Nineteenth-Century Contexts-an Interdisciplinary Journal
Robert Southey was once referred to by Ernest Bernhardt-Kabisch as “one of the best known of the unread poets” (9) in a study that deliberately focused on what he considered Southey’s largely failed poetic quest: “Southey’s grand failures,” he explained, “are more interesting than his modest successes and far more illuminative of Romanticism and Romantic myth-making generally” (9). In an oblique way, my focus in this essay is likewise another of Southey’s grand failures-- his planned, but never finished, History of Portugal. This ambitious project, despite remaining mostly unwritten, occupied much of Southey’s time in the early years of his career. Only part one, The History of Brazil, was actually published (1819-23); however, his early hopes of attaining a strong literary reputation and financial reward rested on it, even more than on his poetry. Indeed, as we will see, starting early on in his writing life, Portugal was a subject he returned to repeatedly. Having been in the country twice for rather extended periods, Southey eventually became an acknowledged expert on Portugal and its culture: after returning home to Keswick from his second trip, he wrote that he had become “a Portuguese student among the mountains.” And Adolfo Cabral, who discovered and edited the manuscript of Southey’s unpublished journals of this trip, stressed that “for about fourty years a vast part of his literary activity was wholly or partly dedicated to Portugal or Portuguese subjects” (Journals xxi).1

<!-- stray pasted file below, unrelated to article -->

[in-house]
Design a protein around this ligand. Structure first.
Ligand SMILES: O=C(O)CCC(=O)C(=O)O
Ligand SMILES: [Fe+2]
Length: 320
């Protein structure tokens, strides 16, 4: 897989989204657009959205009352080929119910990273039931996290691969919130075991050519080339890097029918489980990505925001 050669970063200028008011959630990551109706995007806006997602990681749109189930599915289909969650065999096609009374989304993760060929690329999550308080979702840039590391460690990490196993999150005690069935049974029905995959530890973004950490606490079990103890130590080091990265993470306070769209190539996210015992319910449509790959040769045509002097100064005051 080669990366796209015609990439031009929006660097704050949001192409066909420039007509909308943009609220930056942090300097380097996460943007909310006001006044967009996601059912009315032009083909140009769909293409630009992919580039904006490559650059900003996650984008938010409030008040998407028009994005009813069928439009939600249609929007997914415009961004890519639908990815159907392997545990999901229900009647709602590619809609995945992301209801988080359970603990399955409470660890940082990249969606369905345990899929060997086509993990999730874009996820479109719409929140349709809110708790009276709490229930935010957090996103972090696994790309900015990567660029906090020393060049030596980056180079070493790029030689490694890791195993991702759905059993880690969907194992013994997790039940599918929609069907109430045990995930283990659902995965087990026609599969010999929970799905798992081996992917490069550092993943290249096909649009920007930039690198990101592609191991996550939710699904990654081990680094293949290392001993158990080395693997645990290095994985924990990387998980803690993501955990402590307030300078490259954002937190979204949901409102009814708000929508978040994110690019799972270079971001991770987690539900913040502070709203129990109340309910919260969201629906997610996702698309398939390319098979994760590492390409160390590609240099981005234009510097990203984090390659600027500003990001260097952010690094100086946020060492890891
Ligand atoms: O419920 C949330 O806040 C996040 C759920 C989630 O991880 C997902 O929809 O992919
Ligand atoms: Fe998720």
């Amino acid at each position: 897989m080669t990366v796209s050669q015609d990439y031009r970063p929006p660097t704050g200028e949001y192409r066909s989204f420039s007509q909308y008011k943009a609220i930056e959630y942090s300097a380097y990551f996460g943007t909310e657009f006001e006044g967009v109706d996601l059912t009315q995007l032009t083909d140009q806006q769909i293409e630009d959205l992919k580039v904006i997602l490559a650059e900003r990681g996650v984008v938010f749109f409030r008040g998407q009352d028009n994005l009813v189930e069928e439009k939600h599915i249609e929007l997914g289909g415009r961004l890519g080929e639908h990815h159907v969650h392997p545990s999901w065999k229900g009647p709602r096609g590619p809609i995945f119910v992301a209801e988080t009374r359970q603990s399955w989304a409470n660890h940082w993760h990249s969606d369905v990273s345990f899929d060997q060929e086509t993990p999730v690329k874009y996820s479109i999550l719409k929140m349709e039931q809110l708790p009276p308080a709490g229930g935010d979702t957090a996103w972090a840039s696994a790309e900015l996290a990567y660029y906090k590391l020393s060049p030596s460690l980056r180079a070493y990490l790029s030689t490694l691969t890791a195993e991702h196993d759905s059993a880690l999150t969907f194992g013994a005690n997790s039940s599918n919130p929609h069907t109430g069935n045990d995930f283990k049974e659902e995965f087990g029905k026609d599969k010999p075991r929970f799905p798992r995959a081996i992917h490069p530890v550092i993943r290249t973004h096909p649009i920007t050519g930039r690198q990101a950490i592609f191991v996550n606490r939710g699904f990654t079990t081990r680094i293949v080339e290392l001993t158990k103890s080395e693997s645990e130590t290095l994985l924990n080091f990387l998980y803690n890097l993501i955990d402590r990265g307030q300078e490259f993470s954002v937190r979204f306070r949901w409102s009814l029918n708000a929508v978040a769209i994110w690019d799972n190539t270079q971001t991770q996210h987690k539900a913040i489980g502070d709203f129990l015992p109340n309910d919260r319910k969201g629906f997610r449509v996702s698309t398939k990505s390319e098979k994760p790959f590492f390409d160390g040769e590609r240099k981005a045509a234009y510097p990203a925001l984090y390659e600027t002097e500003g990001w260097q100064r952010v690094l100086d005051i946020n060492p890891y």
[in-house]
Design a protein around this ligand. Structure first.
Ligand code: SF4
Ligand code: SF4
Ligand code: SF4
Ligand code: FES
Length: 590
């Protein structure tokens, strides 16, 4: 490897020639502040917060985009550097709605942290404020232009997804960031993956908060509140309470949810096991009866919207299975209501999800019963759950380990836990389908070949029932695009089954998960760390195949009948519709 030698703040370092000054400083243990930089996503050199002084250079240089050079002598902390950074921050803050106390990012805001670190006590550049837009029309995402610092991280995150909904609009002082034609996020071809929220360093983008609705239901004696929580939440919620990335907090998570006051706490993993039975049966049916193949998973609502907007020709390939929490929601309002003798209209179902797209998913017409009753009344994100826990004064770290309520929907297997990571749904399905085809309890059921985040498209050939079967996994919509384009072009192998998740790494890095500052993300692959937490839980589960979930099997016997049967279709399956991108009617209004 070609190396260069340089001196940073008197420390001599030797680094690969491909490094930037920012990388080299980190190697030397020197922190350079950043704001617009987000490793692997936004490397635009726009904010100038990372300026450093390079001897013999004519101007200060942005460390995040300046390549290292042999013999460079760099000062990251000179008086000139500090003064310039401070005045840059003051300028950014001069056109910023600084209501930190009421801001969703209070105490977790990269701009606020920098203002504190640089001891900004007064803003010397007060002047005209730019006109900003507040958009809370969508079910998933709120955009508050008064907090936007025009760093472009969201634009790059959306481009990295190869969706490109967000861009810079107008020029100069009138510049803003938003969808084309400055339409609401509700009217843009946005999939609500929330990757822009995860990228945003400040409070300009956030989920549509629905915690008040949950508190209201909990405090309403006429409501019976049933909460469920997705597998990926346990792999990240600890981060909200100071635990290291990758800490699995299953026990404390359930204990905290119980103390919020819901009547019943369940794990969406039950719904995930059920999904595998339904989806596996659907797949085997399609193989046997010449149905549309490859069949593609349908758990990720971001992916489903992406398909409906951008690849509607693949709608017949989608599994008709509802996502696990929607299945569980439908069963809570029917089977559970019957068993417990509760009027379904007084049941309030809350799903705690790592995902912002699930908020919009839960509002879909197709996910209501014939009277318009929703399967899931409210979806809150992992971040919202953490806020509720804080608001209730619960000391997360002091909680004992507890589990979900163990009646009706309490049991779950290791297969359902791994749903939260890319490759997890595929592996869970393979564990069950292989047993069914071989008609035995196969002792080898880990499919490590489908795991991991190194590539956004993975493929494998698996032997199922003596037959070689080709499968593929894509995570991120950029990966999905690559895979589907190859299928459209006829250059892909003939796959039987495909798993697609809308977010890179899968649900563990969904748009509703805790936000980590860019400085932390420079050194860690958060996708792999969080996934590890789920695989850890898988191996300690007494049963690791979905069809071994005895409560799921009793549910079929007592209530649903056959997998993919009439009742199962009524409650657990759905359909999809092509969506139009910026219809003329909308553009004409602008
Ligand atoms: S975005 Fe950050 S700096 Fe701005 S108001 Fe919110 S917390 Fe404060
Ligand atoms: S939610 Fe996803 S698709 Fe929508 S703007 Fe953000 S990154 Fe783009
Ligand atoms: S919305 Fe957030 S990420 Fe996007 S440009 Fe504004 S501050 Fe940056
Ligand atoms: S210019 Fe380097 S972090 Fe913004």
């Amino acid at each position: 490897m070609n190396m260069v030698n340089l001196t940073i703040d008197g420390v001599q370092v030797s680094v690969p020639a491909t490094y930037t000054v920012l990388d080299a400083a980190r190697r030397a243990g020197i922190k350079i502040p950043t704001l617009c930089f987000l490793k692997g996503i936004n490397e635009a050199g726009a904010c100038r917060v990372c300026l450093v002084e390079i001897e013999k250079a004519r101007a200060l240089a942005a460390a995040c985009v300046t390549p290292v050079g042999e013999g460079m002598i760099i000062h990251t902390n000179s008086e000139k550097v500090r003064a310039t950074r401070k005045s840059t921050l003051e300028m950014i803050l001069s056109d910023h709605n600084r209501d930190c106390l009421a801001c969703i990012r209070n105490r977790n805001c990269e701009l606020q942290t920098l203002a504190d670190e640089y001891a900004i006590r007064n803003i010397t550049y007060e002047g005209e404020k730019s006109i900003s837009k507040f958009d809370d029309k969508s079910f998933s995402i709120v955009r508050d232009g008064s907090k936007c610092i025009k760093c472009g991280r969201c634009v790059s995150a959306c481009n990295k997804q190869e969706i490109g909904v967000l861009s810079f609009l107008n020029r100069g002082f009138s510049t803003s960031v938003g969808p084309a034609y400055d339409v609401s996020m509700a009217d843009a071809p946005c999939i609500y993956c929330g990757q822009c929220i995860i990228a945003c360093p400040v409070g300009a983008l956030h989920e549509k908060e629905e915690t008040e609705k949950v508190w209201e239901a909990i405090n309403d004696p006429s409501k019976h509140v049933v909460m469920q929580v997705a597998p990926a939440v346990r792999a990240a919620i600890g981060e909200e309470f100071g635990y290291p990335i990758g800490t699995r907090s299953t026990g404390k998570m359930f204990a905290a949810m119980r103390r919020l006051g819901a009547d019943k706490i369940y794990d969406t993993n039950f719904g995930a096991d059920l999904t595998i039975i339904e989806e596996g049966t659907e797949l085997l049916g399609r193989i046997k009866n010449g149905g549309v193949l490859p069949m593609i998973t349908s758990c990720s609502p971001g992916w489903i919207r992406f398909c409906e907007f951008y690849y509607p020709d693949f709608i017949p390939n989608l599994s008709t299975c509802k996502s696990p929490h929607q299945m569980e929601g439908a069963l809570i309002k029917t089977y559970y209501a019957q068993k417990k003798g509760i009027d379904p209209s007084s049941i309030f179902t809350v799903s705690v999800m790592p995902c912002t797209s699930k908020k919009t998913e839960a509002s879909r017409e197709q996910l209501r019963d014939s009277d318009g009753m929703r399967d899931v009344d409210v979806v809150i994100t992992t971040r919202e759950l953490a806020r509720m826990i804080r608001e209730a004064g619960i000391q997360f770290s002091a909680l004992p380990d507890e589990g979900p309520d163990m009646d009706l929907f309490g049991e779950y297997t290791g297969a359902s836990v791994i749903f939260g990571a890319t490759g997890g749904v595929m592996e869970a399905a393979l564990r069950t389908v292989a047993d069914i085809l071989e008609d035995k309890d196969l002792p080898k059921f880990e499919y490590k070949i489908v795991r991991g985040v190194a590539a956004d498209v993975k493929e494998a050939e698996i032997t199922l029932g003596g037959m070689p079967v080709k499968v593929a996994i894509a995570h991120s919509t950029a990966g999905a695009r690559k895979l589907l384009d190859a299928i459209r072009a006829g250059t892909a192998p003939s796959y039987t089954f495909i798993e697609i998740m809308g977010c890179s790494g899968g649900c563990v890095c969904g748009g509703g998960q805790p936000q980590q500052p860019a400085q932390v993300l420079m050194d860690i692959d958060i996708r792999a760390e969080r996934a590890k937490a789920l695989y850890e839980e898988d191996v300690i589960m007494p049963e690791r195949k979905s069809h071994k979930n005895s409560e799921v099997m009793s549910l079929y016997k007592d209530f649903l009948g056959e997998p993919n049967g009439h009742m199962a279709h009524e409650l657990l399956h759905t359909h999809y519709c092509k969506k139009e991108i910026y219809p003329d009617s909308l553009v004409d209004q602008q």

Mourão, Manuela, "Robert Southey on Portugal: Travel Narrative and the Writing of History" (2015). English Faculty Publications. 48.